Tom, I agree that many purported miracles may be fully explained by natural causes, but I disagree that ALL purported miracles may be full explained by natural causes. Do you believe that God exists, Tom, and if you do, do you believe that God is able to perform miracles?

          1. Tom Rafferty

            Shilo, first of all I want to thank you for you reasonable, researched and respectful response to my comments. No, I don’t accept the claim that there is an interventionist God as there is no evidence for such. Thus, I do not accept any supernatural claims, including miracles. FYI, I was a very Devout Catholic most of my 72 years. I even seriously considered entering the Maryknoll Brotherhood after graduating from college. Since I was a science-based thinker since college, but the professor I most respected, and who exposed me to skepticism, was also a Devout Catholic with a house full of kids, thus, I was reinforced in my faith while I accepted science. I began to really doubt the dogma of Christianity as I saw my mother die slowly of Alzheimer’s Disease: where did she go?; would she be like she was most of her life or the way she was at the end. I investigated widely and deeply the dogmas concerning the soul and the afterlife. I found nothing supporting a soul separate from the brain. My doubt increase exponentially from there.

          2. Tom Rafferty

            Oh, one more thing, Shilo. The difference between you and me essentially is that when the evidence ends, I simply say, “I don’t know and you don’t either.” Faith adds no more knowledge, and is the classical logical fallacy of the Argument from Ignorance, or the God of the Gaps argument.

    2. Shilo Stigen Reply

      Tom, I may have had a previous reply disallowed because it had links, so I have to tell you what I did versus giving you links.

      I found the original 1971 article on Lanciano from Dr. Odoardo Linoli by clicking on footnote #4 on Wikipedia’s article “Miracle of Lanciano.” It was a 22-page PDF download, and although it was mostly in Italian, there’s a few images and graphs, and Page 20 of the PDF (Page 672 of the Journal) had an English summary. It seemed to match what the above article said about Lanciano.

      I also went to PubMed and searched “O Linoli[Author],” and he appeared to have 48 articles to his name, covering a variety of topics over several decades, so he appears to be a legit scientist to me.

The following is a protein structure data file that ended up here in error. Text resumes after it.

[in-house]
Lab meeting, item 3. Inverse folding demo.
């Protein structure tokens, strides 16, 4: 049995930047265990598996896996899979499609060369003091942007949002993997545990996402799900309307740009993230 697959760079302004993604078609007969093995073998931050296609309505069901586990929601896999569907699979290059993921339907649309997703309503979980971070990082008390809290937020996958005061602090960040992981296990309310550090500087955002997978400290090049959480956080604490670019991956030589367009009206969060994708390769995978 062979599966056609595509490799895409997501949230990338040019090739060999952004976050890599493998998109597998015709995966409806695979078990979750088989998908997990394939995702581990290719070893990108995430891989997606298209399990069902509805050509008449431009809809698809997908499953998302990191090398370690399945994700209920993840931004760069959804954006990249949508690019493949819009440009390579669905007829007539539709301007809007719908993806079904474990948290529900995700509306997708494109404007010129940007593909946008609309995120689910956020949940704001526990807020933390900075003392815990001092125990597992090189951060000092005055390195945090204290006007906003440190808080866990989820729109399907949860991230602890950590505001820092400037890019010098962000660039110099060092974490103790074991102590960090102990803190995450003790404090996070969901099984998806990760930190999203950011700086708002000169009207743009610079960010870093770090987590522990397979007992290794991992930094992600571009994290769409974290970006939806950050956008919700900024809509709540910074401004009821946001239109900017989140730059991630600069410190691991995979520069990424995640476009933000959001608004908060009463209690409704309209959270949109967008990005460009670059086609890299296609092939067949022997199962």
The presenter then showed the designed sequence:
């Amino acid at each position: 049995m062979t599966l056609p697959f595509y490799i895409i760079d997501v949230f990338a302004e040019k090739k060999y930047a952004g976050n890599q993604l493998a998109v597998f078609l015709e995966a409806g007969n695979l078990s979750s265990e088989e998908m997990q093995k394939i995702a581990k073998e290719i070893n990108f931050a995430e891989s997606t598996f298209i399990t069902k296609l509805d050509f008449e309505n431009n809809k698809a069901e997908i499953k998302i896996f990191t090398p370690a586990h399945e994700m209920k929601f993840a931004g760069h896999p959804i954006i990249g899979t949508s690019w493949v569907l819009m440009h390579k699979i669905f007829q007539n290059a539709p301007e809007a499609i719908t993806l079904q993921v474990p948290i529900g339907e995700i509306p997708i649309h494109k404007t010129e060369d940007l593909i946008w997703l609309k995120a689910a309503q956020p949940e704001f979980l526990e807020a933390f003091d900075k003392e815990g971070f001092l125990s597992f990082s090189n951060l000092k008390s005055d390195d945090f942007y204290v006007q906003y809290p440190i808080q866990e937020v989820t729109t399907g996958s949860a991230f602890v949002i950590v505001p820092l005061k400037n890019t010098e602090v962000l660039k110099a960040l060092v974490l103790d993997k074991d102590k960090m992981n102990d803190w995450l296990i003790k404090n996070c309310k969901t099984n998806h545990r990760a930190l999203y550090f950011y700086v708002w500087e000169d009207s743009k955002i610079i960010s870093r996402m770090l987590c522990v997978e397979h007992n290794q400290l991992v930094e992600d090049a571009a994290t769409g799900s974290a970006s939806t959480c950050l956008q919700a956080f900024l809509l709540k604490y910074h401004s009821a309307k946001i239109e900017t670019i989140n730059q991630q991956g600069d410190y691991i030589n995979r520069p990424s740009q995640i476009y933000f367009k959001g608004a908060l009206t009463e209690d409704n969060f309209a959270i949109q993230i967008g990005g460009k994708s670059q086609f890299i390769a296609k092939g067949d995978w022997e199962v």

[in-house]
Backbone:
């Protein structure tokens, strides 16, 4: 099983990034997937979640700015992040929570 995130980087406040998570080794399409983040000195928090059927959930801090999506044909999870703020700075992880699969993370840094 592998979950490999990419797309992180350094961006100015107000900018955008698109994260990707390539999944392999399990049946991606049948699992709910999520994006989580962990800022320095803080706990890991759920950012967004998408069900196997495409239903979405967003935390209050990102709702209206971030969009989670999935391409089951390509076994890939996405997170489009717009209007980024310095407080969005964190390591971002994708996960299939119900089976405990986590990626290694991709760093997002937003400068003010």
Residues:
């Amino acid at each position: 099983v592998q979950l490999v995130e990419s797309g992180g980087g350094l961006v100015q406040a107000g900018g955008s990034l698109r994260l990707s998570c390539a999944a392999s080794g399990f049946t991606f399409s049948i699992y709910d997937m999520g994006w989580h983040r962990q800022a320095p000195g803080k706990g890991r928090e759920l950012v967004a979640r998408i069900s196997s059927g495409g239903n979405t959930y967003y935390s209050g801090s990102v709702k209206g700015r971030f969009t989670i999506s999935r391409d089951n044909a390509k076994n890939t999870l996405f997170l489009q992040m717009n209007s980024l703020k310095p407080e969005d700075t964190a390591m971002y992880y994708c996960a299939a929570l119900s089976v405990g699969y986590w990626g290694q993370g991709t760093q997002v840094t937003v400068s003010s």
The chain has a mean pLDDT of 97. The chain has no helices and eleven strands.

Finally, if you find the website for the National Catholic Register and Search “Bleeding Host Phenomenon,” the first article that comes up from Dec 11 2015 has some helpful info, in my opinion. The Register article talks mostly about the Buenos Aires miracle mentioned above, but it also talks about some purported Eucharistic miracles that were actually ruled out as having natural explanation.

      Is this the sort of info you were looking for, Tom?

  2. Patrick Gannon Reply

    I searched around and can’t find any official reports confirming scientific analysis of something that wasn’t bread.
    .
    The Eucharistic miracle says nothing at all about the host magically transforming to real flesh with a real blood type. This so-called event, if it really happened, would seem to discount the actual eucharistic miracle that the Church insists on.
    .
    In any event, the author here, certainly hasn’t made any case. His or her article is completely lacking in sources, and thus can be dismissed without further consideration. If forces or particles existed that could turn bread into human flesh, we would know about it by now.
    .
    The author should be ashamed of him/herself for taking advantage of ignorant or uneducated people who believe in superstitious nonsense.

  3. Ed Lim Reply

    Tom, I’d been to Lanciano and went to see the old Host in the Church. When I was taking a picture, the Host was pulsating right before my eyes.

    1. Tom Rafferty Reply

      Sure it was. You expected it to do that. Now, can you produce what I asked for, as extraordinary claims require extraordinary evidence. Testimony from a believer alone will never impress a science-based thinker. Why? The brain plays tricks with us.

  4. Blaine Reply

    Yes, the Church is ridiculous & teaches nothing but superstitious nonsense yet some are so drawn to it that I see their names commenting on every article I read. Truly amazing, maybe even a miracle.

      1. Shilo Stigen Reply

        Tom, how do you define religion, and what do you believe makes it harmful?

        1. Tom Rafferty Reply

          I use the narrow sense of the word religion: an organized group promoting the claim that there is an interventionist deity.

          Why do I think it is harmful? I do suggest that you take a good amount of time to read the many posts in the link to my blog. In short, religion promotes the notion that one can accept claims without evidence. BTW, besides religion, alternative to medicine promoters and all others who promote pseudo-scientific ideas are also guilty of this action.